3) A lot of hard evidence of these spirits has been captured by many paranormal groups throughout the years, that back up the personal experiences of so many people. Two examples are listed below.

San Diego Ghost Hunters have been investigating the Whaley House for more than ten years, and have caught a lot of hard evidence.

Travel Channel’s Ghost Adventures featured the Whaley house as a televised investigation by paranormal investigators, led by Zack.




A huge Yes Indeed! There is no denying that spirits are enjoying the Whaley House, and their presence is accepted by the staff and others responsible for this house museum.

The Whaley House is a well-documented, spirit-occupied structure and is considered by many to be the most haunted place in America. Besides the findings of many psychic mediums, A boatload of hard evidence has been caught by various paranormal investigators, some of whom are well-known that back up the years of experiences and sightings of many people.

At last, Thomas Whaley has found peace in his castle with no financial worries, with his wife and two of his children that were taken from him too soon. They have meals together and help the living keep track of all the visitors.

It must give Thomas Whaley some satisfaction that the County of San Diego stepped up to the plate and not only bought his home, but helped to restore it; perhaps making amends to him for stiffing him rent money, causing damage to his home and terrifying his wife and children so long ago.

It also is probably satisfying for Thomas to see the court furniture once again in his former commercial space.

Mother Anna is happy about being able to enjoy her house once more, be the observant hostess to visitors, and have some of her family to take care of without all the worry and strife. She can relive the good memories and have the opportunity to support the grieving Violet, as well as run after and entertain young Thomas.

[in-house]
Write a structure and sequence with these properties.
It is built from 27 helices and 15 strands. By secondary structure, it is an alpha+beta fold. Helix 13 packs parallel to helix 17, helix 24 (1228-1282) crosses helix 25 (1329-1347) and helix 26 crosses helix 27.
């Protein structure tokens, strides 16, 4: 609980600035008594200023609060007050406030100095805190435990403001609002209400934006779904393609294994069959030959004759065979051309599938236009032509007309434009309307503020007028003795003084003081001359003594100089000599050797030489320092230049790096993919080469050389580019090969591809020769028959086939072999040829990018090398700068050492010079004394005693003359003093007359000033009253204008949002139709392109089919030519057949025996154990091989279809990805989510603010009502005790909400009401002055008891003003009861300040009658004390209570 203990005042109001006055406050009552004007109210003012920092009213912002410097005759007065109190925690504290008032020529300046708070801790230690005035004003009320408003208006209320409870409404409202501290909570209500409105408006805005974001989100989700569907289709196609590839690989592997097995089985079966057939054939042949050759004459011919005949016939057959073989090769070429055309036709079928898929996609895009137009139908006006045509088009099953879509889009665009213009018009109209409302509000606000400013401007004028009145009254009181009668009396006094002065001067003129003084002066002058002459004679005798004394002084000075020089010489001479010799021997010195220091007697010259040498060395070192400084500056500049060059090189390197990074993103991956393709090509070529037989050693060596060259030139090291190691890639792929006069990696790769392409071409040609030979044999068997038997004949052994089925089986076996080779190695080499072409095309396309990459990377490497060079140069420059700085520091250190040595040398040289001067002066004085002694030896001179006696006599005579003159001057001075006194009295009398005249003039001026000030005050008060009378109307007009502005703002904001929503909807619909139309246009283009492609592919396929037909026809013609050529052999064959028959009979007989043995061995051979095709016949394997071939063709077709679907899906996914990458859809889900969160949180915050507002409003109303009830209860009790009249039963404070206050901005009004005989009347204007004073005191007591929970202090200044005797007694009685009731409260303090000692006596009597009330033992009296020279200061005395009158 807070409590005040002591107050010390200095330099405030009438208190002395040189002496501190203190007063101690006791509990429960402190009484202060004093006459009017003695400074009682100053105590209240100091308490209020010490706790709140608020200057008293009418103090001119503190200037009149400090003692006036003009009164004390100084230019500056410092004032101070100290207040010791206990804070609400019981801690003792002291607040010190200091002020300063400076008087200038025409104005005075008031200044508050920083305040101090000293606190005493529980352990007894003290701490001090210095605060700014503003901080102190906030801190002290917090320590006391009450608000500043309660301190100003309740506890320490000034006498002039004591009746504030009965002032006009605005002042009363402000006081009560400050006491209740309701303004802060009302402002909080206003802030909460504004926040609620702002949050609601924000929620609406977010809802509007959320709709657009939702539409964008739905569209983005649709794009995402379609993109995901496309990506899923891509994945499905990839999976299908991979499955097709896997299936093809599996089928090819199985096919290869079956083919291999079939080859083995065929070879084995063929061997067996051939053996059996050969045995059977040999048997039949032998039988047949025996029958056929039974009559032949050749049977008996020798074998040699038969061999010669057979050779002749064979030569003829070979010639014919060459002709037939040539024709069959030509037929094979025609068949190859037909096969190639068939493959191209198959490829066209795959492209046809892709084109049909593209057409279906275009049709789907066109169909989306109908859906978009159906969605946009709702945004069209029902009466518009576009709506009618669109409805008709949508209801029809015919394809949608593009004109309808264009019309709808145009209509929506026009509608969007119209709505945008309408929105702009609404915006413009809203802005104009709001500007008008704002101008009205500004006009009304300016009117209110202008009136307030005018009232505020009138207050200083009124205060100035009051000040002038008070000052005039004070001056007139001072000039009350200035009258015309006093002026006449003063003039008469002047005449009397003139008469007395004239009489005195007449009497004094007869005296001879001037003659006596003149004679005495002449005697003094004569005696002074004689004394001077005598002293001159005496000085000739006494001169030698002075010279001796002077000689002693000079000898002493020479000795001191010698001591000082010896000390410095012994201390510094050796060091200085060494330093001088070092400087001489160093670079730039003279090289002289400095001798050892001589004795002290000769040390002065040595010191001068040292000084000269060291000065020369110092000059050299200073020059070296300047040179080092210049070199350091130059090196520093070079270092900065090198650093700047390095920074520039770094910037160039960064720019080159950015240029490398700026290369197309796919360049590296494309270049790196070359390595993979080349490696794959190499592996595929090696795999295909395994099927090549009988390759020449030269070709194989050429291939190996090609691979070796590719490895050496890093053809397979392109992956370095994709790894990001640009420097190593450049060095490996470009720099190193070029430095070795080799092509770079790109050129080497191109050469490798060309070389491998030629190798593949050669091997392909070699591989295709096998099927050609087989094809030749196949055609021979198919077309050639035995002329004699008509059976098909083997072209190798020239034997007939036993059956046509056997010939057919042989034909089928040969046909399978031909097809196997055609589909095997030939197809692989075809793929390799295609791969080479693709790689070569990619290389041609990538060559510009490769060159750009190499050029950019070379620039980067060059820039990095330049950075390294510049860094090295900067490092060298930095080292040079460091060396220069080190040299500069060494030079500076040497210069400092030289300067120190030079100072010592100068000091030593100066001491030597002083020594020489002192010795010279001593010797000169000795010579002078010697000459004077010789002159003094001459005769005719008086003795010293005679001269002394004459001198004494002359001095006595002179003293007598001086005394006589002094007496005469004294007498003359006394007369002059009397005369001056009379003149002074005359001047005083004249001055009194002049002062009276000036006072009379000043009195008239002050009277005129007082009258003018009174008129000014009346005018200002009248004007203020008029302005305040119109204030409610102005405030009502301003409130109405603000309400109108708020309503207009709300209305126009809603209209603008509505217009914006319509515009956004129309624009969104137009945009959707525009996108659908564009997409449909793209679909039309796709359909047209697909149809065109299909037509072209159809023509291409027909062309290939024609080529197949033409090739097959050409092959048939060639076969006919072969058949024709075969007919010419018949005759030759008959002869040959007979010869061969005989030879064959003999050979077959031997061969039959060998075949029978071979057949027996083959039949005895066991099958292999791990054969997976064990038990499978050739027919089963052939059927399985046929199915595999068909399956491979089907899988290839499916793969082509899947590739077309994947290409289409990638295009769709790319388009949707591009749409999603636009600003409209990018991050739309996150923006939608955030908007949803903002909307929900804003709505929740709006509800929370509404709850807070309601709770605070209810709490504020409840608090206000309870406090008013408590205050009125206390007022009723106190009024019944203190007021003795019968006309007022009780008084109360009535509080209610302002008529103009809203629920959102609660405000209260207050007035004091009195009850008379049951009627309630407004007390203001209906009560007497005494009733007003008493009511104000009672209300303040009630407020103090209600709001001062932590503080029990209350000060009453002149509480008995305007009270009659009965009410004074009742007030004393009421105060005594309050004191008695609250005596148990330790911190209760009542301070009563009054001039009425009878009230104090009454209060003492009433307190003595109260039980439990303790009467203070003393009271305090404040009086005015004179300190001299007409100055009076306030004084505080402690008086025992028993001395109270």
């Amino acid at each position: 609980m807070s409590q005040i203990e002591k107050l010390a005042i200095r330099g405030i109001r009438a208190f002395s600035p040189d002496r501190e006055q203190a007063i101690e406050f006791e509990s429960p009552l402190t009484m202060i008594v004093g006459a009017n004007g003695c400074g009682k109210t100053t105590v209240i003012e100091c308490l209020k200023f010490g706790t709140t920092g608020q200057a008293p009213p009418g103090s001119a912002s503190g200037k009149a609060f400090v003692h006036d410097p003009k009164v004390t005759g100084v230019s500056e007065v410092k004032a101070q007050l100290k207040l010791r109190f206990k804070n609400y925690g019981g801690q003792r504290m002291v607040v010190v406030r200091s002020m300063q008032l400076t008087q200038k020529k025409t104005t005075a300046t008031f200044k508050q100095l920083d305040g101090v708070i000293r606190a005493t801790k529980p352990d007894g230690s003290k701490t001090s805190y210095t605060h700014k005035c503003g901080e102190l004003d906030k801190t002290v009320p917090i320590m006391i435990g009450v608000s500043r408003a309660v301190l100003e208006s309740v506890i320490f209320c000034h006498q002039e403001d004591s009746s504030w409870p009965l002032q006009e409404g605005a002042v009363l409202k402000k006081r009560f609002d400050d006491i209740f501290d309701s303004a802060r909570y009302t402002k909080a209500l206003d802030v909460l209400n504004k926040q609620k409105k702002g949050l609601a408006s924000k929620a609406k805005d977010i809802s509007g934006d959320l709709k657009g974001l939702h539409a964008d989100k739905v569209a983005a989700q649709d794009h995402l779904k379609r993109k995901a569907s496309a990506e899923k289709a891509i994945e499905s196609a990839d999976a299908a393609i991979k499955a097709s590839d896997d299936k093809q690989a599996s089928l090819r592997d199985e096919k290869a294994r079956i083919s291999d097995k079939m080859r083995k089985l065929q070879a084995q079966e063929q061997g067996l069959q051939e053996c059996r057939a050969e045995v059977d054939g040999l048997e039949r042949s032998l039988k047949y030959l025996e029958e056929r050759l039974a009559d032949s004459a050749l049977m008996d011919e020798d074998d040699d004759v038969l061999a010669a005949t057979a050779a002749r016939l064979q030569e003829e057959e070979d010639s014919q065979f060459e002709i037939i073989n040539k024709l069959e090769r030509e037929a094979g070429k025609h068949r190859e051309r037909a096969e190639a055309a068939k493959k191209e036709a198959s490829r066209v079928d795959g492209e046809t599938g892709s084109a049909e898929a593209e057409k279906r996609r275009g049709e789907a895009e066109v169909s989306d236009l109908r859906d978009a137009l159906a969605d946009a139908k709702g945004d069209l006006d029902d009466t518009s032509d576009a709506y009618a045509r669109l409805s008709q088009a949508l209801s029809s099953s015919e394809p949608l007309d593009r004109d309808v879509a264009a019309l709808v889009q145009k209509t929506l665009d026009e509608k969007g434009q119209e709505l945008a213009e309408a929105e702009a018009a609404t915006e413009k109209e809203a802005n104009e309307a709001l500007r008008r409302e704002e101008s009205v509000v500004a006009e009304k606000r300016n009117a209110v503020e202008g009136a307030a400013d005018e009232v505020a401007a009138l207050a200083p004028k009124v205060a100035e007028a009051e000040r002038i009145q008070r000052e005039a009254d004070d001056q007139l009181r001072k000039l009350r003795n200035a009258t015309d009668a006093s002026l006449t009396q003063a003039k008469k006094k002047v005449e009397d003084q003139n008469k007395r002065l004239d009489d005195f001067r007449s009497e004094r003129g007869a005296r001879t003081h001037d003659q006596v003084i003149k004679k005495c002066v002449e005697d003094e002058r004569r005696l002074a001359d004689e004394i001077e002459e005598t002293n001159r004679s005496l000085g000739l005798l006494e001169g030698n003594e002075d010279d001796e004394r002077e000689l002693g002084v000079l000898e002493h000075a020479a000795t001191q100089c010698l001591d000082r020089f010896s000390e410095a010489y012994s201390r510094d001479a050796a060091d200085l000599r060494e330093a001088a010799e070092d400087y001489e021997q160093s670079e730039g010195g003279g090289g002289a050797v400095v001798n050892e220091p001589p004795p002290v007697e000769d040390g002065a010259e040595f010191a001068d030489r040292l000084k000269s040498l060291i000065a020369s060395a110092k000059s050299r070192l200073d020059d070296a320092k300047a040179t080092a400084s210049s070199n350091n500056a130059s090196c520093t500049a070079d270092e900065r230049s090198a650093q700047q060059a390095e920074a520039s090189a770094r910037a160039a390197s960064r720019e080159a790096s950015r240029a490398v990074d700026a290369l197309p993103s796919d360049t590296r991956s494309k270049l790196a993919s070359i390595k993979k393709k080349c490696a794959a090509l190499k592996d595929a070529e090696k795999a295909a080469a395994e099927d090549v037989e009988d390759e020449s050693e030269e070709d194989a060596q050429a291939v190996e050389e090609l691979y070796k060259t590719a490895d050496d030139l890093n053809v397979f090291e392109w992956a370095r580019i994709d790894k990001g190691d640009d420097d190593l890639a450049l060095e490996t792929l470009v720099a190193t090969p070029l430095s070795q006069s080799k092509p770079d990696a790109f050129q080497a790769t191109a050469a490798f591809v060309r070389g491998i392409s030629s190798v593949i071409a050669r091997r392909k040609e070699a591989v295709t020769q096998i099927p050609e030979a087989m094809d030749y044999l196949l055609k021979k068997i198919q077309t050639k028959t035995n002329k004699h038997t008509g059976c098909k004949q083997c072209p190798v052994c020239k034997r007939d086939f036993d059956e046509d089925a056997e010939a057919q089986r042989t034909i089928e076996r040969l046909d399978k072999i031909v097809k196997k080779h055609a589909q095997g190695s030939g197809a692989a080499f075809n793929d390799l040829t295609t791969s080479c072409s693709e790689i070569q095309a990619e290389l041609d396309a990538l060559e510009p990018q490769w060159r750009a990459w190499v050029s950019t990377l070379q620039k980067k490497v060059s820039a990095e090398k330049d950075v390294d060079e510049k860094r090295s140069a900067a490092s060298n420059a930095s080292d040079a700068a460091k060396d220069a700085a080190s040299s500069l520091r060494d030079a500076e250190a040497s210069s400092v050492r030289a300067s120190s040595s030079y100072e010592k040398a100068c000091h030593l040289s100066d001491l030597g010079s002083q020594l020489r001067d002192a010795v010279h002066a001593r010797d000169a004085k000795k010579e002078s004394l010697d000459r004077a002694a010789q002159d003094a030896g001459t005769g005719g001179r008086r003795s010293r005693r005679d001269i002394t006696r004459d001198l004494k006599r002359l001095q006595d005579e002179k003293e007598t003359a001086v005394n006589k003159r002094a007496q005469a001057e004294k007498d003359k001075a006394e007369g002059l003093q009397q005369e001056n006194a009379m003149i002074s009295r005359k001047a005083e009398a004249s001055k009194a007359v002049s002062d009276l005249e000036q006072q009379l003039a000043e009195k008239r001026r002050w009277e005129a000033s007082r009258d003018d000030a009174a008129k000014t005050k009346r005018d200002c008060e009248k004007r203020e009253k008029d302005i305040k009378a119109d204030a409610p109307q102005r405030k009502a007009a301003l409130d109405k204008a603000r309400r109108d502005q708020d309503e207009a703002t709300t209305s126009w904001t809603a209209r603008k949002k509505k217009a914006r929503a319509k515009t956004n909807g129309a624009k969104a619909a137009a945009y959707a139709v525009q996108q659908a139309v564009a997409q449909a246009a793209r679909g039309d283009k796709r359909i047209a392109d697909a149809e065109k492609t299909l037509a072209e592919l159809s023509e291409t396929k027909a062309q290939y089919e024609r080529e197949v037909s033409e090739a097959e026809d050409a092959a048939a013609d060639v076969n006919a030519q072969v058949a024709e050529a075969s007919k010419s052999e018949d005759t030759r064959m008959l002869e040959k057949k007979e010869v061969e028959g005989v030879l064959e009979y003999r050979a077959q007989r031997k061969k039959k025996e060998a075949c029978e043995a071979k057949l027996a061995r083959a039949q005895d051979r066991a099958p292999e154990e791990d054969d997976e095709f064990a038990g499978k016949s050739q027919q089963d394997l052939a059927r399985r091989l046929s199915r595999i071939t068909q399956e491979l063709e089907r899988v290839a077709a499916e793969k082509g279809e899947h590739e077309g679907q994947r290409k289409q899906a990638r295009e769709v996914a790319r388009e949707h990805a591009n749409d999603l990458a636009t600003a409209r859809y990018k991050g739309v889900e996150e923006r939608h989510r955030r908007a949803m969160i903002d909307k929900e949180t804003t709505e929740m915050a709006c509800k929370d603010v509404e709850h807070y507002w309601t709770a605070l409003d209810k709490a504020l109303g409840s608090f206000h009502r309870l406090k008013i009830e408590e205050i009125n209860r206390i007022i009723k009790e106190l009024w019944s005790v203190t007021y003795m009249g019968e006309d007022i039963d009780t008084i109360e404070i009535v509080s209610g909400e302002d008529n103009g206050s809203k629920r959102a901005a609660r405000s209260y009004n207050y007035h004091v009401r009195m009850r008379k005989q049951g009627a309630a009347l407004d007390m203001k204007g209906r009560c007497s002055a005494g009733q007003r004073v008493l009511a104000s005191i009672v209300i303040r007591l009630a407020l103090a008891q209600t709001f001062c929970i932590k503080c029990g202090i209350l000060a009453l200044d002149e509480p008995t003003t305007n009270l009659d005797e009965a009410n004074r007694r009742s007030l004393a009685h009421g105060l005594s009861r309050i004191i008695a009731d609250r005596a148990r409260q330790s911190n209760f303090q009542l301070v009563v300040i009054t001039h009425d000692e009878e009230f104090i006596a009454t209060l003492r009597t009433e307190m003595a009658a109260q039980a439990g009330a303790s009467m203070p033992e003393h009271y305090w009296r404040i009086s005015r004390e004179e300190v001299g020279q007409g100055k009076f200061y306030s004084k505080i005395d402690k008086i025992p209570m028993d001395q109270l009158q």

Yankee Jim gets his chuckles by admiring the female staff (even trying to be helpful). He has found some satisfaction in slightly choking men he doesn’t like who visit the Whaley House; mainly law enforcement.

The San Diego Ghost Hunters team up with the Whaley staff and conduct a paranormal investigation tour once a month as a fundraiser with SOHO. The spirits willingly cooperate, knowing that this helps to raise funds for the upkeep of their beloved home.



2476 San Diego Avenue
San Diego, California 92110

The Whaley House is located at the intersection of San Diego Avenue and Harney Street, in the heart of historic “Old Town” San Diego.



  • The Ghost Hunter’s Field Guide
    by Rich Newman
    Llewellyn Productions – 2010
  • The World’s Most Haunted Places
    by Jeff Belanger
    New Page Books – 2011
  • Haunted Places: The National Directory
    by Dennis William Hauck
    Penguin Books – 2002
  • The Ghostly Gazetteer: America’s Most Fascinating Haunted Landmarks
    by Arthur Myers
    Contemporary Books – 1990
  • The Whaley House Museum — Whaley Family chronology
  • The Whaley House Museum — The History Behind the Mystery
  • The Whaley House Museum page at The San Diego Ghost Hunters.com
  • Google Search: “The Whaley House paranormal investigations

Our Haunted Paranormal Stories are Written by Julie Carr

Our Photos are copyrighted by Tom Carr